Deconstruction Pictures, Uncovered Treasures
Day 2 of kitchen deconstruction was noisy but productive. Our wonderful and hard-working deconstructionists took our unused chimney down, yielding a dumpster full of bricks (we also had them put aside some bricks for us, to be turned into a patio).
Our kitchen is sealed off from the rest of the house, but we took a little look around yesterday, after the first day of deconstruction. It's so fun seeing the layers of history on our walls. I'm sad to be getting rid of that history, but at least we've been able to save a lot of the trim and wood to reuse in the new kitchen.
Here are a few before and after deconstruction pictures from around the kitchen. You can see that the cabinets on the east wall (first pair of pictures) were original to the house, as they just had bare plaster behind the frames. The other cabinets were probably added around 1950 or 1960 (judging by the hardware), and the kitchen was painted yellow at the time, and sometime before that, it was sage green, similar to the current color. That's the extent of my detective work.
And look what was tucked behind the top of the original cabinets--a strip of old floral wallpaper! Such a cool little piece of history. I couldn't bear to get rid of it, so it's hanging on our office wall now.
Last weekend, before demolition started, Patrick took down a couple pieces of hardware from the kitchen and bathroom so I could try stripping them. He had to use multiple coats of paint stripper to get the screws unstuck, and after he took the hardware down, it was still covered in layers and layers of paint. Next, I put it in a jar of water with a few drops of dish soap, put the lid on, and heated it in our crockpot on low overnight (thanks for the advice, Internet!). The paint on the door plates and brass hinges came off pretty easily when I scrubbed them with an old toothbrush, but the cabinet latches took a lot of work because of all the little details and the amount of paint on them. I ended up scraping at them with a paint can opener, which worked well and didn't seem to damage the metal. After they were dry, I applied a thin coat of mineral oil.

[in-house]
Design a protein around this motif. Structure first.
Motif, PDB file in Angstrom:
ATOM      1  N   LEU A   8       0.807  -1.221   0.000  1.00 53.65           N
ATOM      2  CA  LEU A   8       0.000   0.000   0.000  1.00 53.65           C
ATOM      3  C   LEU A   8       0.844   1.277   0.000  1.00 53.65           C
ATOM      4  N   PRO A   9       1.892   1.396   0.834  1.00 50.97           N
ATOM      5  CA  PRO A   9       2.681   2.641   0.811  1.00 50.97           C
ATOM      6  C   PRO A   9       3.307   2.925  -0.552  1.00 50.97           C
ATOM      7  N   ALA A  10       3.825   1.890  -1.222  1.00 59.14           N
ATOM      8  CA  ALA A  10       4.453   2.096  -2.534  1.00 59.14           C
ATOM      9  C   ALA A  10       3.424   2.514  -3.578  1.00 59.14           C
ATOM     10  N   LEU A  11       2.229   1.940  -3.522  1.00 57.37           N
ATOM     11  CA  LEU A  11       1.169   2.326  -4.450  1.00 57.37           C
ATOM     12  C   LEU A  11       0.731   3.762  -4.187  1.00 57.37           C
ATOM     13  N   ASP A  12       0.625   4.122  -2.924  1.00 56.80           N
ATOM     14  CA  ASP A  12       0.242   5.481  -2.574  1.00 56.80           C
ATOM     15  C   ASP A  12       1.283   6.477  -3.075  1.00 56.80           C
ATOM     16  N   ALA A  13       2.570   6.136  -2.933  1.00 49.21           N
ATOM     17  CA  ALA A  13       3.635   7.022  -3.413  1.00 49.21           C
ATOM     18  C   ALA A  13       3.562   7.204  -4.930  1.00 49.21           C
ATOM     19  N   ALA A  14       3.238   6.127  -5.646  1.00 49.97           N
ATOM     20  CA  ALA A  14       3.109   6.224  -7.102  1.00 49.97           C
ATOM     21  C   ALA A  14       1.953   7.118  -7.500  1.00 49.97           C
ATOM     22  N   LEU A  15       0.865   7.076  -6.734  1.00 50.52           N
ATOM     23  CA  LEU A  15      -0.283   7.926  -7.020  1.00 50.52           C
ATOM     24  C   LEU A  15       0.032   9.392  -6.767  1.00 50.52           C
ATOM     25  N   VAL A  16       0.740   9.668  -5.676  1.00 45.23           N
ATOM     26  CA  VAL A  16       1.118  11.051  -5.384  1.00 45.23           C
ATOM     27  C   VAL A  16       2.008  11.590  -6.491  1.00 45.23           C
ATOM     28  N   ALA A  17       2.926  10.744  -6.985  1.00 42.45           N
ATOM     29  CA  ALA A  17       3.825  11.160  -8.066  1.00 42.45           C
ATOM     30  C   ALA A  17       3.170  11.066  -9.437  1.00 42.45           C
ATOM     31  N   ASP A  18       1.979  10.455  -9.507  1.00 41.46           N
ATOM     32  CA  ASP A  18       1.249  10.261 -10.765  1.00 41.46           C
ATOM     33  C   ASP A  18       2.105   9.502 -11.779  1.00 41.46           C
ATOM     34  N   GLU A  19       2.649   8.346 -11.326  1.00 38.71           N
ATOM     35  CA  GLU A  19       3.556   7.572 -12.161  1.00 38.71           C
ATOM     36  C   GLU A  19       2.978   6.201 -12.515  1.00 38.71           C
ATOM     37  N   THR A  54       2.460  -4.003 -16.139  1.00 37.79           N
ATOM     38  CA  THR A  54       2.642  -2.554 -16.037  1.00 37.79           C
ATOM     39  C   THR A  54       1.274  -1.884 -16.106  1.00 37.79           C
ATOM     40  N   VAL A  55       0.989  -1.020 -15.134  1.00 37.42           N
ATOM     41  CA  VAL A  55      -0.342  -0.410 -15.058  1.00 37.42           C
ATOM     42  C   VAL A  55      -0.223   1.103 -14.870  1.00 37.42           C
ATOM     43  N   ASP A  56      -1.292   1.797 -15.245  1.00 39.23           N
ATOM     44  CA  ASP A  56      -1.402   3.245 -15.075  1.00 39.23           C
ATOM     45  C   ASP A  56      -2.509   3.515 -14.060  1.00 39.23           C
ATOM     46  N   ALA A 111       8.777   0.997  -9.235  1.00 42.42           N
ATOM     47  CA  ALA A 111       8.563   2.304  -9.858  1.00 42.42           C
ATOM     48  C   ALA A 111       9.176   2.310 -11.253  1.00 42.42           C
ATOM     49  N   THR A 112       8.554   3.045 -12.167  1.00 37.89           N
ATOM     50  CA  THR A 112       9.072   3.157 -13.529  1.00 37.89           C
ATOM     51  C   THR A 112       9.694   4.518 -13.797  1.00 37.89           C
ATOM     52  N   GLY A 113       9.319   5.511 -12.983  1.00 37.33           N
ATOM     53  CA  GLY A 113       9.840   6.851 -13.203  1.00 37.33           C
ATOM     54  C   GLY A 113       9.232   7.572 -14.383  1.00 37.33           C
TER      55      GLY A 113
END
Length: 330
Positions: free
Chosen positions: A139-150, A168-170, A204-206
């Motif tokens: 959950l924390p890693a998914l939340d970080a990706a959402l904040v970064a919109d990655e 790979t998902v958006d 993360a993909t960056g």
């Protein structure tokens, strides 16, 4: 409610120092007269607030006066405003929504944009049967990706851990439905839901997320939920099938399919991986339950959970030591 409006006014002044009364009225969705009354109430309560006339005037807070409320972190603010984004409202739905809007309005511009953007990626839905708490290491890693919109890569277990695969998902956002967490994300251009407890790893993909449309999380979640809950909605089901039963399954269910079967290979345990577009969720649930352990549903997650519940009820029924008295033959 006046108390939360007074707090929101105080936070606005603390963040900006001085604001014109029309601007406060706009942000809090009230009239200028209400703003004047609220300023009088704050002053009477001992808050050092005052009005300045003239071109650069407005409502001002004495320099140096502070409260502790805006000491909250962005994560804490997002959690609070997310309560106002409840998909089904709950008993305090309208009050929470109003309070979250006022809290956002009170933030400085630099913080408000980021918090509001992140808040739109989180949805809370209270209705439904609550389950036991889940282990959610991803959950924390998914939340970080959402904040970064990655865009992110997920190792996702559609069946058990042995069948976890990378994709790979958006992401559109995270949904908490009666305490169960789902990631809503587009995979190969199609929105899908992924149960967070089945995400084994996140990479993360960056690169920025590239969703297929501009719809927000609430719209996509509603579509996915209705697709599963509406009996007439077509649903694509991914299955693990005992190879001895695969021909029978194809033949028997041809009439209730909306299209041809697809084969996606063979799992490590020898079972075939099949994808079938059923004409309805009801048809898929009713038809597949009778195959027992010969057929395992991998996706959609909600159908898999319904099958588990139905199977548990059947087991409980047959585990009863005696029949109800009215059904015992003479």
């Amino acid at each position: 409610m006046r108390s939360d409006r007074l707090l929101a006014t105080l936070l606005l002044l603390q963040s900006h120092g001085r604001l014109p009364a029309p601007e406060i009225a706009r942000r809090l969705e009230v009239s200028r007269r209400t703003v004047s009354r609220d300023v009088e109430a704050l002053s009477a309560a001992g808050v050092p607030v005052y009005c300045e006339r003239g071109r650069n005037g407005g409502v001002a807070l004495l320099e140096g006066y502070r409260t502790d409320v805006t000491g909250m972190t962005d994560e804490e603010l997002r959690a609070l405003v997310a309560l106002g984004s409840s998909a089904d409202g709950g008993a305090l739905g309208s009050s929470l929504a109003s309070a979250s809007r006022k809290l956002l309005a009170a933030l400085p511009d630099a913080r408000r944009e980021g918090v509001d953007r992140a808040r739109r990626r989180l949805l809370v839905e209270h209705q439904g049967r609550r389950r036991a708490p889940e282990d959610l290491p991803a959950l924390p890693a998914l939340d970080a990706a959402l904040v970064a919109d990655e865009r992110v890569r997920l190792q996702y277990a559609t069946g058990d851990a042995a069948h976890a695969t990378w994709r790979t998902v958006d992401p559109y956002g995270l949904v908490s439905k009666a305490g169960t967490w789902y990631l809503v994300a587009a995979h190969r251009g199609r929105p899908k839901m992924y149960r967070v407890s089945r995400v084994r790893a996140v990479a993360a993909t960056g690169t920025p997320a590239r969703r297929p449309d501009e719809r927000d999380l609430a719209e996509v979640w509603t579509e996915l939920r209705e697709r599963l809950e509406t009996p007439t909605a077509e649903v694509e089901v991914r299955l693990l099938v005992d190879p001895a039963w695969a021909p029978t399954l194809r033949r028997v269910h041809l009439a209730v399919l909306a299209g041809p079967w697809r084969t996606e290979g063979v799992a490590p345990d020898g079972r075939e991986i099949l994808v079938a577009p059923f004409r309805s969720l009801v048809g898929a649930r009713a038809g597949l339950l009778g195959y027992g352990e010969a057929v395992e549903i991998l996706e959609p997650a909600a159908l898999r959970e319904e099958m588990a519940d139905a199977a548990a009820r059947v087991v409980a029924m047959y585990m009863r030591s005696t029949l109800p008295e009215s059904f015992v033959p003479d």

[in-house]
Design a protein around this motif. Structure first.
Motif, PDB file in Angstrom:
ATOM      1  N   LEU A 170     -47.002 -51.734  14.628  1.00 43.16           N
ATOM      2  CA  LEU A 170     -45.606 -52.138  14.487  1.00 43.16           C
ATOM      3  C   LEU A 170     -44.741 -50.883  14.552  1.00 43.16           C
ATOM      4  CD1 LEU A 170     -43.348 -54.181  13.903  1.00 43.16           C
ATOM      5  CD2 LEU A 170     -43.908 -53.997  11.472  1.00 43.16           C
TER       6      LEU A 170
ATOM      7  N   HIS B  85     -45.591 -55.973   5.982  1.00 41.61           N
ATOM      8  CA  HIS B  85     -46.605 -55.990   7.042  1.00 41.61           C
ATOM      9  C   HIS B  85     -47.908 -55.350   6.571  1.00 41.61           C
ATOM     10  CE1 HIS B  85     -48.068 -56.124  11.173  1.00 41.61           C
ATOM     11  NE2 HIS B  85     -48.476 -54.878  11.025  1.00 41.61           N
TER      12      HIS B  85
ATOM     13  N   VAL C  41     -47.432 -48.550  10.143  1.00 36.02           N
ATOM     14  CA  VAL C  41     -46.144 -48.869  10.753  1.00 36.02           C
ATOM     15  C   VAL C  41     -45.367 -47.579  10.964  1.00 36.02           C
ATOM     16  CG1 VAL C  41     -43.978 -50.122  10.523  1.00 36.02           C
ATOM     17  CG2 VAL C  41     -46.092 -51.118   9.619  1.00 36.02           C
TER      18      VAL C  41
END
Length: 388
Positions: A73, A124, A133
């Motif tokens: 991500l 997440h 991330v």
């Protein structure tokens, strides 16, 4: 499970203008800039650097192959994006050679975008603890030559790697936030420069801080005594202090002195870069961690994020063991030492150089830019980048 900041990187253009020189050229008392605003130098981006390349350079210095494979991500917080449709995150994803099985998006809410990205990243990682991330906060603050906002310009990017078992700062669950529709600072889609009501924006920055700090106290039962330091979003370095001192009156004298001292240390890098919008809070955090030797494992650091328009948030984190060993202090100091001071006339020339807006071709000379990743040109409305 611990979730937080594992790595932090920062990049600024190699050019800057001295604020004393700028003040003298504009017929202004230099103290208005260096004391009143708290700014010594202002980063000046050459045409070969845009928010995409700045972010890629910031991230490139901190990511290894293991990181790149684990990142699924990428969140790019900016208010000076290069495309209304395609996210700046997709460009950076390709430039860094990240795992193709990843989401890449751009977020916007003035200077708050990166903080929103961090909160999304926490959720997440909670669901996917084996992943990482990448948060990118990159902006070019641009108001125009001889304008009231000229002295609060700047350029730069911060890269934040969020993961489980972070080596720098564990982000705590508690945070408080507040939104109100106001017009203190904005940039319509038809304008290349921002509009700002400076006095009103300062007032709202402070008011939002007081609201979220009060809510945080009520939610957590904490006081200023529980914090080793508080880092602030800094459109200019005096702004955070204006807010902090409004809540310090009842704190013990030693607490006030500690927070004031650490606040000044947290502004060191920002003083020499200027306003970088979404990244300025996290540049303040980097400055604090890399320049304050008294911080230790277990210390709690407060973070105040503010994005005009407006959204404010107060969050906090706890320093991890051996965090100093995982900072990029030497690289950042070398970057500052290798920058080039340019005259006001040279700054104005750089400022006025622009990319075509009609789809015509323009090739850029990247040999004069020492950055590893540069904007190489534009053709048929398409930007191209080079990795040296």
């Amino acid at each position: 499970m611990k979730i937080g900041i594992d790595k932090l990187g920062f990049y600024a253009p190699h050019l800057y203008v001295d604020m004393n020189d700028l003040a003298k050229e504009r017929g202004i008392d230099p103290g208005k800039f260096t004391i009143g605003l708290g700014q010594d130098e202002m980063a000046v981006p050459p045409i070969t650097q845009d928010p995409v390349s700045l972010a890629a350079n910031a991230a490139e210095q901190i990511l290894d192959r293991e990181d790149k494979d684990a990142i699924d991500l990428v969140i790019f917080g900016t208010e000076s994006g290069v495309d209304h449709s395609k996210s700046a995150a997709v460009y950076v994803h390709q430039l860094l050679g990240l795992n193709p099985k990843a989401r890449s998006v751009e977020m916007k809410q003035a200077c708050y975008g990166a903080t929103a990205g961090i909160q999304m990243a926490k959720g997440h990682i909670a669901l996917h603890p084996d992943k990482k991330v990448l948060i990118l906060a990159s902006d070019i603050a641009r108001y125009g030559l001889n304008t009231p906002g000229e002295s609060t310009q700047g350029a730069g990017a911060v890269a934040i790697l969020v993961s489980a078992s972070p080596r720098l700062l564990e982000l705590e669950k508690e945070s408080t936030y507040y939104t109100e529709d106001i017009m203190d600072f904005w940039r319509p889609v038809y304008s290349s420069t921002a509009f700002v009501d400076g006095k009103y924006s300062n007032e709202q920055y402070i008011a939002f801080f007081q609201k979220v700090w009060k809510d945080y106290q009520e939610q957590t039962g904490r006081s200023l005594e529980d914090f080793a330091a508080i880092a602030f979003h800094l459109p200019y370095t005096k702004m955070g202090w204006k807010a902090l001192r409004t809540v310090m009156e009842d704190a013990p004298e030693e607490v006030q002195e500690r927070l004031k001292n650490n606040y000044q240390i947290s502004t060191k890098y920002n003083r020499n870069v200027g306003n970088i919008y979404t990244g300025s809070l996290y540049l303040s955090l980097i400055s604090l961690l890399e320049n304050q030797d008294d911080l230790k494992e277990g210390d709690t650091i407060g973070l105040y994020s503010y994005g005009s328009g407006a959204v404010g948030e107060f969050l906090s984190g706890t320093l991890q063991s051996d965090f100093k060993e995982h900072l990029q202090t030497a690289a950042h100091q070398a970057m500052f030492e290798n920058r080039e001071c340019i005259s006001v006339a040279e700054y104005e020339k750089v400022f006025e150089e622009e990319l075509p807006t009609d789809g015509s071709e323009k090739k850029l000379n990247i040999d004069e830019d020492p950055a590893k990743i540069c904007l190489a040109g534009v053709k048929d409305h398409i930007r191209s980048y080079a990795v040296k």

I'm especially excited about the cast iron cabinet latches--I didn't even realize they had a pattern on them before we stripped the paint off of them. I hope the mineral oil stops them from rusting. One of the latches is destined for our new in-wall spice cabinet, and we'll have to find the other one a special home too.
Poor Patrick has had to put up with me obsessively thinking about a variety of kitchen details--paint, cabinet hardware, countertop material, etc. I've got things pretty well decided, but I still have moments of uncertainty. Here are a couple shots of our paint swatches, in case anybody else is trying to decide between Benjamin Moore light grays (click through to Flickr for the detailed listing of which color is which--we've got Winter Orchard, Moonshine, and Gray Owl up there, in addition to Palladian Blue and Wythe Blue). At the moment, my top choice is Winter Orchard for the kitchen walls and Sheer Pink for the powder room, inspired by the built-in cabinet in the powder room (it's currently white, but when it was first built, it was the shade of pink pictured below, with brass hinges and crystal knobs--nice!).
We took another peek at the kitchen tonight, after Day 2 of deconstruction, and all of the plaster is down now. Being surrounded by all that pretty wood makes it feel cozy, but it also feels much smaller. I definitely want our new kitchen to be light and bright, like our old one.